by Atiya Hasan
To me, no matter what political issues we have with America, it is undoubtedly the most beautiful place to have grown up in. I don’t mean that in the blind patriotic sense like, “America is the greatest country on earth!” way.
Rather, if you tear America down to its core, its bare bones, the skeleton, America is the most beautiful country to live in. It’s about coexistence and harmony, about tolerance and mutual respect. It’s about loving thy neighbor.
Each and every one of us, whether Muslim or not, wants the same thing for themselves and their children. Each one of us is on our own path to find our American dream. Many of us, immigrants, left behind countries that inflicted restraints on us for irrational reasons, whether it was long followed by suffocating cultural traditions or actual laws. We left all that behind to rebuild our own identities and our own communities, void of the restrictions.
Our motherland isn’t the country that our grandfathers lived in but the country that our children will be buried in.” – Yasir Qadhi
It’s a scary time to be Muslim in America, and that’s not something I felt even in the days that followed 9/11. Every time I step out of my house I am a little more aware of my surroundings, I pull my hijab a little tighter and I’m a little more conscious of the looks I get, trying to brush them off with minimal eye contact and a smile.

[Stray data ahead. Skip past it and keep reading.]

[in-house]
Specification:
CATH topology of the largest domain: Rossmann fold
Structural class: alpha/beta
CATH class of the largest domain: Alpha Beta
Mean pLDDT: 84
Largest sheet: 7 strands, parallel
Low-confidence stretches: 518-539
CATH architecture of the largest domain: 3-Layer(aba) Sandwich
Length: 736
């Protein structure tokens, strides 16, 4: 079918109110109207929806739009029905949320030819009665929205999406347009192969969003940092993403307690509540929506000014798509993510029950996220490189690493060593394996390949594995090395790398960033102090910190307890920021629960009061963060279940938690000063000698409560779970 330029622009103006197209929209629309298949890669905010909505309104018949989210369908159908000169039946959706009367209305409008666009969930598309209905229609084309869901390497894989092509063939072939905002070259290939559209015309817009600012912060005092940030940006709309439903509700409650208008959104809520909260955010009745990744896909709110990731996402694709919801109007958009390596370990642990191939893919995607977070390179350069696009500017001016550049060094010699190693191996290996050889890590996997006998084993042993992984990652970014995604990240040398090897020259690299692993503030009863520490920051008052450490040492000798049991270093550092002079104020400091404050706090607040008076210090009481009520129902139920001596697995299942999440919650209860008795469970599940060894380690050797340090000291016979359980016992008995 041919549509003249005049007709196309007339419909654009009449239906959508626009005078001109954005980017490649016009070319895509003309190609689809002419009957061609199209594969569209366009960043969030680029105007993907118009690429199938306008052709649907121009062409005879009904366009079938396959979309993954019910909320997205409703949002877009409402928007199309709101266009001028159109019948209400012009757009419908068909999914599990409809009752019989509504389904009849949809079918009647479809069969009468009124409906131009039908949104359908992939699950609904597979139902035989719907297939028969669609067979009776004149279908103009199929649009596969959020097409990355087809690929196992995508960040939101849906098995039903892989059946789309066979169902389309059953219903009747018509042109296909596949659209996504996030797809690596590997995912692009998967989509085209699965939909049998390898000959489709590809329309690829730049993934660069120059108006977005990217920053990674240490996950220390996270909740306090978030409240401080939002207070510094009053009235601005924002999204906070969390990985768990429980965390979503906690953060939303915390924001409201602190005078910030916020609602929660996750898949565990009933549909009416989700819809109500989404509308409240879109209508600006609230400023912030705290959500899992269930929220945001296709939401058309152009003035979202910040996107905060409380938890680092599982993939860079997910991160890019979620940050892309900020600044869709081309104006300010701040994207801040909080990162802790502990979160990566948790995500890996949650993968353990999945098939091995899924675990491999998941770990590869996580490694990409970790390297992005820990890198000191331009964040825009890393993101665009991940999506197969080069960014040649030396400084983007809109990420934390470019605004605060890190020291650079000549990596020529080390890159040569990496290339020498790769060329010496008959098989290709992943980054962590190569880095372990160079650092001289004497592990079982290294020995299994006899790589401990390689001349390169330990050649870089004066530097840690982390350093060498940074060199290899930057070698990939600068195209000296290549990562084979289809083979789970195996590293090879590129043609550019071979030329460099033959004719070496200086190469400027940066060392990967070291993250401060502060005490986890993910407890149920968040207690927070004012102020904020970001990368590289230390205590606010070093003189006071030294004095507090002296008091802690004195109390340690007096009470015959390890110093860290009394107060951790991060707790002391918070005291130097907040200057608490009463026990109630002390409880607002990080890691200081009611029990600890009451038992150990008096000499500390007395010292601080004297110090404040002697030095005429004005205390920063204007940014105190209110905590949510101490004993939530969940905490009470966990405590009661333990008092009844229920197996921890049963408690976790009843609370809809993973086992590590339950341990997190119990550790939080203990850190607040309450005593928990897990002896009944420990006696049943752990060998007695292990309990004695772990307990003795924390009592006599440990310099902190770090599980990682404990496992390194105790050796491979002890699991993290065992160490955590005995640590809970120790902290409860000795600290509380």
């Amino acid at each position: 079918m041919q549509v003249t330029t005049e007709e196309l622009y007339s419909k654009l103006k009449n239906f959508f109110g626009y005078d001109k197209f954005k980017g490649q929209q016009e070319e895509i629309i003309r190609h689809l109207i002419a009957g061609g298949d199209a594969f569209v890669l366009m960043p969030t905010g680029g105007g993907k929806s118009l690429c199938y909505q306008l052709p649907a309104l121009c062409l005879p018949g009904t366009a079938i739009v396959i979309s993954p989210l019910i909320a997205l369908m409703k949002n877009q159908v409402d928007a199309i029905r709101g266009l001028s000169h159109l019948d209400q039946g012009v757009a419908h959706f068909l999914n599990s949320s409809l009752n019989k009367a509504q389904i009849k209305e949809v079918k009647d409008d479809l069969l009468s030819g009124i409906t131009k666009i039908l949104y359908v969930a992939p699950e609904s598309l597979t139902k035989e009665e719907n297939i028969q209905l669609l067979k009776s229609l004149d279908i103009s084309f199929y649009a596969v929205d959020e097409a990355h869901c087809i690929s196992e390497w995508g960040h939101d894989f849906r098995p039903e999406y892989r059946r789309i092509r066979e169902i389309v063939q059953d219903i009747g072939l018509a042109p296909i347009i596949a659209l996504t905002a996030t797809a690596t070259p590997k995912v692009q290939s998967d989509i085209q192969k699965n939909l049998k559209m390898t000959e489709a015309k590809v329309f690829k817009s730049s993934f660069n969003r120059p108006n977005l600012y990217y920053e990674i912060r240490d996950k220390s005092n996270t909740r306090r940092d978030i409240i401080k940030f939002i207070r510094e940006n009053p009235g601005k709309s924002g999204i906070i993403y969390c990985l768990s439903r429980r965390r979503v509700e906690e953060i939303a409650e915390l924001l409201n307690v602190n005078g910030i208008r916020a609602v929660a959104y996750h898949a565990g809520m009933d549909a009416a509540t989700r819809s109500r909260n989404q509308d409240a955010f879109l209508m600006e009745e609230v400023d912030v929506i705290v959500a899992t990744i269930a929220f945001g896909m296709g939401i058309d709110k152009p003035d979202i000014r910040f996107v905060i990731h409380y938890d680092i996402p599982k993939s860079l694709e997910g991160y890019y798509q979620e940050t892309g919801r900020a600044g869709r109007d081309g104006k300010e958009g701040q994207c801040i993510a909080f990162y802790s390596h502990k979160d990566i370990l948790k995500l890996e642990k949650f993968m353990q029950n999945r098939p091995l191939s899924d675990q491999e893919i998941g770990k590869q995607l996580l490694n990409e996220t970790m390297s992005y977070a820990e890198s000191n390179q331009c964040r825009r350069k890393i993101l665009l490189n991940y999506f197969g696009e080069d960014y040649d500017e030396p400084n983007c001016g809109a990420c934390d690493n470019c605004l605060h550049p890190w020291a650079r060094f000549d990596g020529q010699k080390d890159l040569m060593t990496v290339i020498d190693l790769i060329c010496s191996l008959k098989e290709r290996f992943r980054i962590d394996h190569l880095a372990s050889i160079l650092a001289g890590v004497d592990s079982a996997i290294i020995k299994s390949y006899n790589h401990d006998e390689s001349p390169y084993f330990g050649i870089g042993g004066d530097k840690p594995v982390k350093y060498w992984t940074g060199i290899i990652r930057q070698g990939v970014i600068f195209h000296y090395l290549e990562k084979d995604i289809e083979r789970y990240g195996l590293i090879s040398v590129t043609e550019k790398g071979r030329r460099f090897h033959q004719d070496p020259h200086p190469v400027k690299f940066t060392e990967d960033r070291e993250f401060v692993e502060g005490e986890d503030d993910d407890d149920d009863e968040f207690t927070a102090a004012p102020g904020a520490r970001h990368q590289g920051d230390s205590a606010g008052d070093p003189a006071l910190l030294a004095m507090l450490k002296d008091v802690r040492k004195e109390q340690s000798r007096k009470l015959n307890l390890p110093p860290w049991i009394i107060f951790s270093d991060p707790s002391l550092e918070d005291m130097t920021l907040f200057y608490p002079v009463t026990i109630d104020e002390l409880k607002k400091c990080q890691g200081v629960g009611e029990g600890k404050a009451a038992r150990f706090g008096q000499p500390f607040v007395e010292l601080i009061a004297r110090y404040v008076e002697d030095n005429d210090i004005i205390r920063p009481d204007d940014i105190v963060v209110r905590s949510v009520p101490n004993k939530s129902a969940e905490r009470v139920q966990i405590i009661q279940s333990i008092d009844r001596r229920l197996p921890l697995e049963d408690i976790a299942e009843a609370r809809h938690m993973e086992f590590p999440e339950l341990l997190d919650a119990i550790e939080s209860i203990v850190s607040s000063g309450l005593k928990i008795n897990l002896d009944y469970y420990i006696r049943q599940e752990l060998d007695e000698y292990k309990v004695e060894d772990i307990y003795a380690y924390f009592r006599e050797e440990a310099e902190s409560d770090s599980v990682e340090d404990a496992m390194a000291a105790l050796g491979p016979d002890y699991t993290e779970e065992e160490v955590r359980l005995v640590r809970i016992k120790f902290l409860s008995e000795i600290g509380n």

This is an ugly period in American history, with the recent shooting that took Micheal Brown’s life in Ferguson, Missouri and Trayvon Martin’s of Sanford, Florida, followed by all the police brutality of last year.
These incidents and more unfortunate ones have left many in the Muslim community and beyond reeling. I see nothing but beauty in the way the families of the victims have handled such an immense loss. The grace, the peace and their grief that they have openly shared with us all has been nothing but a source of strength to the community.
Other events have followed, verified and unverified hate crimes against Muslims, but the message we should all be taking from this is that hate is not to be answered with hate. The families of Deah, Yosar and Razan have set an example in the way we should be responding; with patience and unity. Let the premature deaths of the three Chapel Hill victims be the cause of bringing together our very fragmented American society.
Muslim or not, black, white, or brown, let us come together and understand each other so we can all continue to make America a country where our children won’t feel like they are walking targets.
Let’s stop pointing finger at this group or that, keeping our sensibilities as we move forward. Let us keep the hope alive for an even better America.
Atiya Hasan is the Editor in Chief at Brown Girl Magazine. She currently lives in Houston, TX and has just graduated from medical school. She is all about female empowerment through education and the importance of understanding their rights and sexuality. She is scheduled to be published in an upcoming anthology titled “Faithfully Feminist: Jewish, Christian, and Muslim Feminists on Why We Stay” and is part of the I Speak for Myself series. In her free time, Atiya enjoys consuming large amounts of chocolate and TV shows.